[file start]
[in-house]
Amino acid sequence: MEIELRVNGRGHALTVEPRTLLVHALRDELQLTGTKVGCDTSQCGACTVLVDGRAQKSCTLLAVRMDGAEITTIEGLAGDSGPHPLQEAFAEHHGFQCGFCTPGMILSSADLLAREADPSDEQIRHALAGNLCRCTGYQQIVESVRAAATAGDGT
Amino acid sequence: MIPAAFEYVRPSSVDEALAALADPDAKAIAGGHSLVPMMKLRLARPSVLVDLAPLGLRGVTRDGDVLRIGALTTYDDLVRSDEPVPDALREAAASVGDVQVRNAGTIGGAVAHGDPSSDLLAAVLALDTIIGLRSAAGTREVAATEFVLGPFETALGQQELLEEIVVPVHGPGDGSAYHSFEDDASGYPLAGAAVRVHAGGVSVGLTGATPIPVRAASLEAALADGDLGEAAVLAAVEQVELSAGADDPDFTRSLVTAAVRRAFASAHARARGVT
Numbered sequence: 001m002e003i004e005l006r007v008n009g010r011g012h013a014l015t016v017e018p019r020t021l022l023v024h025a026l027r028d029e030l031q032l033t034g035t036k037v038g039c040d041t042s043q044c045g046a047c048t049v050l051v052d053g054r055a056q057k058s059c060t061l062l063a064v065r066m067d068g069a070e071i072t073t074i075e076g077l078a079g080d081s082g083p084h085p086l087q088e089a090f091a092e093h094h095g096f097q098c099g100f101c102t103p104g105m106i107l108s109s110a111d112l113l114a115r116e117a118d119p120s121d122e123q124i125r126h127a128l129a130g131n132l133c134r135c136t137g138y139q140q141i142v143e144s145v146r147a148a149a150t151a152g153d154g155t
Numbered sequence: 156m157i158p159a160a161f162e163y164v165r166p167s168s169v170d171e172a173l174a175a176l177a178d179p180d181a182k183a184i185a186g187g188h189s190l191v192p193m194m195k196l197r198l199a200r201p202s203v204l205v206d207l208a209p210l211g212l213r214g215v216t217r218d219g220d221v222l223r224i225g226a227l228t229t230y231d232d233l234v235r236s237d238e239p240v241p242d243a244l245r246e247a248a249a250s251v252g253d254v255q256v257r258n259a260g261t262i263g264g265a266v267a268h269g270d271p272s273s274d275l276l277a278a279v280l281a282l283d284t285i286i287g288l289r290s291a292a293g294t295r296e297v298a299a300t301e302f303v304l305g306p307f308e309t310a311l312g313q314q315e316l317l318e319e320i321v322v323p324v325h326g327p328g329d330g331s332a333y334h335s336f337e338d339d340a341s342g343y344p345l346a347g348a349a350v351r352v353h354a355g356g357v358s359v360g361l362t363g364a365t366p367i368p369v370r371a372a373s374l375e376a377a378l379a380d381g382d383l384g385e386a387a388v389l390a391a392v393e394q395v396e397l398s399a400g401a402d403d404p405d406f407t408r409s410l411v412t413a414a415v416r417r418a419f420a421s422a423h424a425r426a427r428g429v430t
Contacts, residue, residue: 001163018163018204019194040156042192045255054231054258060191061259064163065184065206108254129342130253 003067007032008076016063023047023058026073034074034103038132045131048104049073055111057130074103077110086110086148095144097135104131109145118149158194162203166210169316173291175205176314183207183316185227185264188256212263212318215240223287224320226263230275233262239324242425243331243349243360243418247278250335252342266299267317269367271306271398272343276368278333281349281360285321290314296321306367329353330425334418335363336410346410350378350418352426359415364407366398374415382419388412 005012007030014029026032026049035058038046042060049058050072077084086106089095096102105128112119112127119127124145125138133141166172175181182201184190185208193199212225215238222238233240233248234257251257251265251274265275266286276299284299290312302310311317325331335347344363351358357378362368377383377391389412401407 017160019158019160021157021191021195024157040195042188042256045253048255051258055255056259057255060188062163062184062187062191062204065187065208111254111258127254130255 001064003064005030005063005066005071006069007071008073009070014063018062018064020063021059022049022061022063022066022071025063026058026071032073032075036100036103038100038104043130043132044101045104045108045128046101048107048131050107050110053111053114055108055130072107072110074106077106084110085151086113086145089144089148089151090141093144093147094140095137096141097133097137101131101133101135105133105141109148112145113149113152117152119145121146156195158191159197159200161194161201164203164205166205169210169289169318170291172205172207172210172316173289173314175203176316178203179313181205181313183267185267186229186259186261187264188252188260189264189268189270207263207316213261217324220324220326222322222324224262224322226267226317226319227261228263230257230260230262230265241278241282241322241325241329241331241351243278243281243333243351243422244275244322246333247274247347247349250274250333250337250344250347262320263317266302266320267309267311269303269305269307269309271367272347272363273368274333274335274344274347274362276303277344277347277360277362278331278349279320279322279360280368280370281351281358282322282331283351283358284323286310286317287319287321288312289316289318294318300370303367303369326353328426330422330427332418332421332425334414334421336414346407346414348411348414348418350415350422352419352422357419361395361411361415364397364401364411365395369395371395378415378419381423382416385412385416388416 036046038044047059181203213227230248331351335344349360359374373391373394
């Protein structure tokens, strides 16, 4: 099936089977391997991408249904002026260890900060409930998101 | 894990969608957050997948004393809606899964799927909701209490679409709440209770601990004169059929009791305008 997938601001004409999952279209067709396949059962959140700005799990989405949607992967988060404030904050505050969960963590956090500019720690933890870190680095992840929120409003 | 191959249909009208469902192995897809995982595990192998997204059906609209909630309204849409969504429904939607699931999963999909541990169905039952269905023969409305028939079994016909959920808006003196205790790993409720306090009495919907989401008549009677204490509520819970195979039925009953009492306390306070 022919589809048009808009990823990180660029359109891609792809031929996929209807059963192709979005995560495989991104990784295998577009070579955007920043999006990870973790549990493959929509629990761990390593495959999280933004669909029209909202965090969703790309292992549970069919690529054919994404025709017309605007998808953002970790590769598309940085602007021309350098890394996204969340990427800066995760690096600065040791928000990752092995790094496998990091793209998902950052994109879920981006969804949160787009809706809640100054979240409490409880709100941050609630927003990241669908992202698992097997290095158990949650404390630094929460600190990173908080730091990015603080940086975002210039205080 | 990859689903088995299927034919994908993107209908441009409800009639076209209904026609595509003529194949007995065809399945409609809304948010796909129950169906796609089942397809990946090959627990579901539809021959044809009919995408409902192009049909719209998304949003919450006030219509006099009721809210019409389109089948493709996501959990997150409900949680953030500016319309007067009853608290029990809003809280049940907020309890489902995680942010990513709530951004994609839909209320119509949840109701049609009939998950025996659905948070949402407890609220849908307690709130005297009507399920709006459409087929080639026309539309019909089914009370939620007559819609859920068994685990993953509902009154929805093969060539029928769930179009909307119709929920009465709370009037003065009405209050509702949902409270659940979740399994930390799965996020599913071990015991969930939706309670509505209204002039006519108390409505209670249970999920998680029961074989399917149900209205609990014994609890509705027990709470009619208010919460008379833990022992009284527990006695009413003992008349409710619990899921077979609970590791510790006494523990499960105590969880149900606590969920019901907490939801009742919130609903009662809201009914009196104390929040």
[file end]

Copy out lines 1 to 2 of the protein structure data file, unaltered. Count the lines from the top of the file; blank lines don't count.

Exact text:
[in-house]
Amino acid sequence: MEIELRVNGRGHALTVEPRTLLVHALRDELQLTGTKVGCDTSQCGACTVLVDGRAQKSCTLLAVRMDGAEITTIEGLAGDSGPHPLQEAFAEHHGFQCGFCTPGMILSSADLLAREADPSDEQIRHALAGNLCRCTGYQQIVESVRAAATAGDGT